January 24th, 2012 at 04:19am
This could become a massive story with massive implications very quickly.
US Senator Rand Paul (Republican-Kentucky) has been detained by the Transportation Security Administration for refusing a full-body patdown after a screening determined that something needed further investigation.
Kentucky Republican Sen. Rand Paul’s press secretary Moira Bagley tweeted on Monday that Transportation Security Administration officials were detaining her boss in Nashville, Tenn.
“Just got a call from @senrandpaul,” Bagley tweeted at about 10 a.m. on Monday. “He’s currently being detained by TSA in Nashville.”
Sen. Rand Paul’s chief of staff Doug Stafford told The Daily Caller the Senator “was detained by the TSA after their scanner had an ‘anomaly’ on the first scan.”
“He offered to go through again,” Stafford said in an email. “The TSA said he could only have a full body pat down. He would not consent to it. He offered to go through the scanner again. The situation is ongoing.”
Sen. Rand Paul has previously referred to the TSA’s use of full body pat downs as the “universality of insult,” and he called on the agency to end the tactic.
(h/t Daily Caller)
Apart from the fact that, from a PR perspective, detaining one of your most vocal political critics might not be the most sensible thing to do, this move by the TSA may very well be unconstitutional as Sen. Paul was on his way to Washington to attend a rally and a Senate session. Article 1, section 6, clause 1 of the United States Constitution prohibits the arrest of Representatives and Senators on their way to or from sessions of government:
The Senators and Representatives shall receive a Compensation for their Services, to be ascertained by Law, and paid out of the Treasury of the United States. They shall in all Cases, except Treason, Felony and Breach of the Peace, be privileged from Arrest during their Attendance at the Session of their respective Houses, and in going to and returning from the same; and for any Speech or Debate in either House, they shall not be questioned in any other Place.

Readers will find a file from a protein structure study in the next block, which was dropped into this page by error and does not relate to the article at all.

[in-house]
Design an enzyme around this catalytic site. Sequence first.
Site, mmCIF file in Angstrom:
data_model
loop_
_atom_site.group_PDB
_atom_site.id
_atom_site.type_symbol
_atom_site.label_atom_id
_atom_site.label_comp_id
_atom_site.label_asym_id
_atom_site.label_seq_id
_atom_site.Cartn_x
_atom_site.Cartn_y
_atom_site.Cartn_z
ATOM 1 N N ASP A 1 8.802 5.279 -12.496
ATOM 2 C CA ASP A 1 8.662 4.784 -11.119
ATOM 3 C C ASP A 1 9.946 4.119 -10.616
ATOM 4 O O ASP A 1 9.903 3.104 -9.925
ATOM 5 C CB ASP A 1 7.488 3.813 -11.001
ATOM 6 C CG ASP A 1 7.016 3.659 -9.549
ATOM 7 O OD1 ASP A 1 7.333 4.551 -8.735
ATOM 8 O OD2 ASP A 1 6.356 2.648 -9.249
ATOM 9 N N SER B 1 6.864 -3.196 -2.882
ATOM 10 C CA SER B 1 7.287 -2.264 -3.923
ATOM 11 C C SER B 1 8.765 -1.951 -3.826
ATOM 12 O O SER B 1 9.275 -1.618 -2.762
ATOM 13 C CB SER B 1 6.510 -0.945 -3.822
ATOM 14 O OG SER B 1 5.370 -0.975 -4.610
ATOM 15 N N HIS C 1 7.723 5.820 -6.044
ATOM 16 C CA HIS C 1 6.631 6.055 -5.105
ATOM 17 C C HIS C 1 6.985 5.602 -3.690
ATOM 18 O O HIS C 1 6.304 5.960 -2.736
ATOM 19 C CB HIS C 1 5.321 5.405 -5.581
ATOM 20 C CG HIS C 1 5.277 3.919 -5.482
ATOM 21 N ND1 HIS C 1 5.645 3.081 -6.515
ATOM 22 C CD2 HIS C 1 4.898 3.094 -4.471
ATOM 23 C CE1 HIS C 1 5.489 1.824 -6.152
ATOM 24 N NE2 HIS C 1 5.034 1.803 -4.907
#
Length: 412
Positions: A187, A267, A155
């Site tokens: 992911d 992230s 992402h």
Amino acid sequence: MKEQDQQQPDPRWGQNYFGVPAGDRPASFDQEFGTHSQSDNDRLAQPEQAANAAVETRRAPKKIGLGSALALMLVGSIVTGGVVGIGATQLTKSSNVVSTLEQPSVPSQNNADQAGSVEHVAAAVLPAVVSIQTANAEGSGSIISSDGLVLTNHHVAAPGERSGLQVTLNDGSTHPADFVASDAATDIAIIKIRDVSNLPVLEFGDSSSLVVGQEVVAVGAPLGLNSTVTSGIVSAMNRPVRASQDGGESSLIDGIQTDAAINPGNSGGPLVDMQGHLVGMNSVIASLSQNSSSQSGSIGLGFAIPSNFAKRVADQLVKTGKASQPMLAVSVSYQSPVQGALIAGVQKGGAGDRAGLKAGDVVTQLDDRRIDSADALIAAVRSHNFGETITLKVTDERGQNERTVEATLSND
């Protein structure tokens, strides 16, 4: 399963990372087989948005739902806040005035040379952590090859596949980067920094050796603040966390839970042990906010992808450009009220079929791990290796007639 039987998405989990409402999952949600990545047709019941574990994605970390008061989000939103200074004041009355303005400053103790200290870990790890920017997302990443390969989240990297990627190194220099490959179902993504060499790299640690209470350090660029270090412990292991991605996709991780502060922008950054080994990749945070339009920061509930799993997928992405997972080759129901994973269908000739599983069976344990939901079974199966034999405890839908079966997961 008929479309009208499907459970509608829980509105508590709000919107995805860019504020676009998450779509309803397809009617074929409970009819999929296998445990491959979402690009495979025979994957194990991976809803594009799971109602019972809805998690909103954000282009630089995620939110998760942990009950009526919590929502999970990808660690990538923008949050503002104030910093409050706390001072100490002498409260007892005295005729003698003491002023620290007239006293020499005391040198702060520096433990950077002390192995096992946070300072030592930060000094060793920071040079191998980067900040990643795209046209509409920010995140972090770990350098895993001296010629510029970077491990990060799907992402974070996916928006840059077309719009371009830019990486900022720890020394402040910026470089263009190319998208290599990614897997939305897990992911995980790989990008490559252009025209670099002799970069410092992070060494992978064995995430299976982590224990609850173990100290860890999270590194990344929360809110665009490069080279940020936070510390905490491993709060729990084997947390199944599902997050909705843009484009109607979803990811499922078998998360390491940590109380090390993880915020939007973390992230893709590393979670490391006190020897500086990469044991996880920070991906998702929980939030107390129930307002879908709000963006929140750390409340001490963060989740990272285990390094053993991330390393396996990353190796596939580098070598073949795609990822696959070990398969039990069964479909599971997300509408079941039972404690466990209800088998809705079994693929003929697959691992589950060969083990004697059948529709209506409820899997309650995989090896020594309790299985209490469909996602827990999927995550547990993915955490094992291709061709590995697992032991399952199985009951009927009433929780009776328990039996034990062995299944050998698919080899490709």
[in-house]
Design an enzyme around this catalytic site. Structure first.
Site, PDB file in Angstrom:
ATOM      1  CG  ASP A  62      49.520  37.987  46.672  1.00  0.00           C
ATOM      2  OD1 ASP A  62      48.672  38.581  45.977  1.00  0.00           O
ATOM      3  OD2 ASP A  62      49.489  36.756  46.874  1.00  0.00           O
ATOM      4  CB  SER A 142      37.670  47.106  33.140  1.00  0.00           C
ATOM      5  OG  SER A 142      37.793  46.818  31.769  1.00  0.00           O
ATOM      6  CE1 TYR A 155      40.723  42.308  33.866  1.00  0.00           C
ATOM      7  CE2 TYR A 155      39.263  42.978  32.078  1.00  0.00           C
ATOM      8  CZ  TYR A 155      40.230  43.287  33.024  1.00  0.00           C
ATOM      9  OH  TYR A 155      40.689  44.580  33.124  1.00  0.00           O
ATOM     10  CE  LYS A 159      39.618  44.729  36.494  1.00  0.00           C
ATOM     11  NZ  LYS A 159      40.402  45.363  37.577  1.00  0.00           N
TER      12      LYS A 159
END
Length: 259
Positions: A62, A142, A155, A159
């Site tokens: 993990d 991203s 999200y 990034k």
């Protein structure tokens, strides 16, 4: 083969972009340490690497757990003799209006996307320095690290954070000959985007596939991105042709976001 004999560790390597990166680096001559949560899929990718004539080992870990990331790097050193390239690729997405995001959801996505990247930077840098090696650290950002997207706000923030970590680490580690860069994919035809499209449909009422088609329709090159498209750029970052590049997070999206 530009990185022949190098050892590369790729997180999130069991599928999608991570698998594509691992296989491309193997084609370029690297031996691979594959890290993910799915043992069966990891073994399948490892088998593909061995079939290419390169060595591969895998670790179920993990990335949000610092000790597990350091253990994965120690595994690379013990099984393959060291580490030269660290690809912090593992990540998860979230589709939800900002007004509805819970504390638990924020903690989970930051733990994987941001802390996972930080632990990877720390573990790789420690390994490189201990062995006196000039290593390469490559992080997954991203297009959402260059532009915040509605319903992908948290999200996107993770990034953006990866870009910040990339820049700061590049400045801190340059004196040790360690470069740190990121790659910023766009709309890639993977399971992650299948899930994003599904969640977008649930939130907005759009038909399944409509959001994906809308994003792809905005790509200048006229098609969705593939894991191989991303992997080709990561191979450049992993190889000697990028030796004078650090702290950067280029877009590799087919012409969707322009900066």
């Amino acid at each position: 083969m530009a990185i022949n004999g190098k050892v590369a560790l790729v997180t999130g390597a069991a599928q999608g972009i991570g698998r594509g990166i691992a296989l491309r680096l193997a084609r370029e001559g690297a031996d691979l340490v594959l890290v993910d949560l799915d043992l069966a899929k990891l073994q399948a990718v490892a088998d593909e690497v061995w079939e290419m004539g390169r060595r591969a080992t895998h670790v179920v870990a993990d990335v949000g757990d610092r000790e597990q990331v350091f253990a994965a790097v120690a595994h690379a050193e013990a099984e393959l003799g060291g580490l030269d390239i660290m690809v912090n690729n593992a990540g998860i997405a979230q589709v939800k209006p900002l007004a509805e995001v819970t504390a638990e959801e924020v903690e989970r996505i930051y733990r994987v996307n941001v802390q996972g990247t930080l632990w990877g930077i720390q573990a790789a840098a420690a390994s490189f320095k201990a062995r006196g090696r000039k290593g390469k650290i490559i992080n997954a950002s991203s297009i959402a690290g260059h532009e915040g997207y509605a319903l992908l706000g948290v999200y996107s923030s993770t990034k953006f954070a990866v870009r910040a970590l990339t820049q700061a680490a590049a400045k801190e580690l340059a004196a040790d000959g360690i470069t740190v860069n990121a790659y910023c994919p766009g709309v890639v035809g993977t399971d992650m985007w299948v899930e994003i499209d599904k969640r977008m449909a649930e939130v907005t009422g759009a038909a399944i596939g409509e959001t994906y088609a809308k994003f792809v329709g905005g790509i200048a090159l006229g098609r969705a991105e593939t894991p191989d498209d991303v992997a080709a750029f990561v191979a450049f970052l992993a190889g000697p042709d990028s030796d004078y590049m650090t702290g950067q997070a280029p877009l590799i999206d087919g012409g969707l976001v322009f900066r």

And the Senate is indeed in session today, with a vote scheduled for 4pm, as the Senate’s website notes:
Monday, Jan 23, 2012
2:00 p.m.: Convene and begin a period of morning business.
4:00 p.m.: Proceed to executive session to consider the nomination of John M. Gerrard to be United States District Judge for the District of Nebraska.
Detaining one of your most vocal political critics is bizarre. Doing so in an unconstitutional manner is a really good way to get yourself abolished.
The TSA has denied that Senator Paul was detained, although I happen to think that they have contradicted themselves.
The TSA says Sen. Rand Paul “was not detained at any point” but “triggered an alarm during routine airport screening and refused to complete the screening process in order to resolve the issue.”
“Passengers, as in this case, who refuse to comply with security procedures are denied access to the secure gate area,” the TSA adds. “He was escorted out of the screening area by local law enforcement.”
(h/t again Daily Caller)
If he was escorted out of the area, I think that counts as detention. Asking him to leave and having him leave on his own would be fine, but escorting him out is, to my mind, a form of temporary detention.
Either way, he has almost certainly been prevented from attending today’s Senate session, so it could be said that the TSA has interfered in the political process as well as potentially breaching the constitution.
As I said at the top, this could become a huge story with huge consequences very quickly. Watch this space.
Update: It is worth noting that Senator Paul did eventually make his way to Washington D.C on a later flight, so he wasn’t entirely prevented from attending the Senate, however the issue of the unconstitutional detention of a Senator making his way to a Senate session still stands. End Update